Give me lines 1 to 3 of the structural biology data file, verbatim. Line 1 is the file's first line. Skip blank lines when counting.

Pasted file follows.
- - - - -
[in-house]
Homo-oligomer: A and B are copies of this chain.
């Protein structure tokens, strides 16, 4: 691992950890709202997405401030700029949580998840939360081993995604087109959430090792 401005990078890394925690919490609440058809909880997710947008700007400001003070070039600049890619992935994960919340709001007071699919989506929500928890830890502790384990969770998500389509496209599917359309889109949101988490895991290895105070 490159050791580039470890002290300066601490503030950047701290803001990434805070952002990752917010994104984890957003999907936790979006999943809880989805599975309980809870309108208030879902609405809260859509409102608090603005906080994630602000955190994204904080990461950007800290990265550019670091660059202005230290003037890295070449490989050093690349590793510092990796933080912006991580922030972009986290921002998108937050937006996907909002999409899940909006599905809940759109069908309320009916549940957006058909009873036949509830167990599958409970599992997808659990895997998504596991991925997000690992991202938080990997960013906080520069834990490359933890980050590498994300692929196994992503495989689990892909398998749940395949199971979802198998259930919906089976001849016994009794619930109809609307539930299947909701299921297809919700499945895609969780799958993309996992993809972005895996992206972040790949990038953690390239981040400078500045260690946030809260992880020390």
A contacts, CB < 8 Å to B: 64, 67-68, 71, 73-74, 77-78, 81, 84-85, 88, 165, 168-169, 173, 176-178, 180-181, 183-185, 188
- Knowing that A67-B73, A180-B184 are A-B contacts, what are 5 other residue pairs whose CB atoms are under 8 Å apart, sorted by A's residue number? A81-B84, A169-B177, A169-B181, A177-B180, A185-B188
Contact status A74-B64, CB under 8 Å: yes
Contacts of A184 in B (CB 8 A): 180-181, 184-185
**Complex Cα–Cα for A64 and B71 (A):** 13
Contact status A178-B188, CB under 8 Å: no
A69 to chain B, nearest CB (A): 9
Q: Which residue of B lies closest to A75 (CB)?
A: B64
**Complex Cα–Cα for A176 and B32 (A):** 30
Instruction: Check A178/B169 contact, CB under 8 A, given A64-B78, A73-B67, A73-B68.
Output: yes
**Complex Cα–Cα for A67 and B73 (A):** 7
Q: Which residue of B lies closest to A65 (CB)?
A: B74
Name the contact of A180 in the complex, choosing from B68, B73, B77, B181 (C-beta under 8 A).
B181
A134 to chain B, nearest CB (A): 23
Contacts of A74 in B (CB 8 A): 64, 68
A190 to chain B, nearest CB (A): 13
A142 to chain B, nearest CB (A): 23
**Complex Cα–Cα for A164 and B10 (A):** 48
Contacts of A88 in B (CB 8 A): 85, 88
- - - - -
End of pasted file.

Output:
[in-house]
Homo-oligomer: A and B are copies of this chain.
């Protein structure tokens, strides 16, 4: 691992950890709202997405401030700029949580998840939360081993995604087109959430090792 401005990078890394925690919490609440058809909880997710947008700007400001003070070039600049890619992935994960919340709001007071699919989506929500928890830890502790384990969770998500389509496209599917359309889109949101988490895991290895105070 490159050791580039470890002290300066601490503030950047701290803001990434805070952002990752917010994104984890957003999907936790979006999943809880989805599975309980809870309108208030879902609405809260859509409102608090603005906080994630602000955190994204904080990461950007800290990265550019670091660059202005230290003037890295070449490989050093690349590793510092990796933080912006991580922030972009986290921002998108937050937006996907909002999409899940909006599905809940759109069908309320009916549940957006058909009873036949509830167990599958409970599992997808659990895997998504596991991925997000690992991202938080990997960013906080520069834990490359933890980050590498994300692929196994992503495989689990892909398998749940395949199971979802198998259930919906089976001849016994009794619930109809609307539930299947909701299921297809919700499945895609969780799958993309996992993809972005895996992206972040790949990038953690390239981040400078500045260690946030809260992880020390």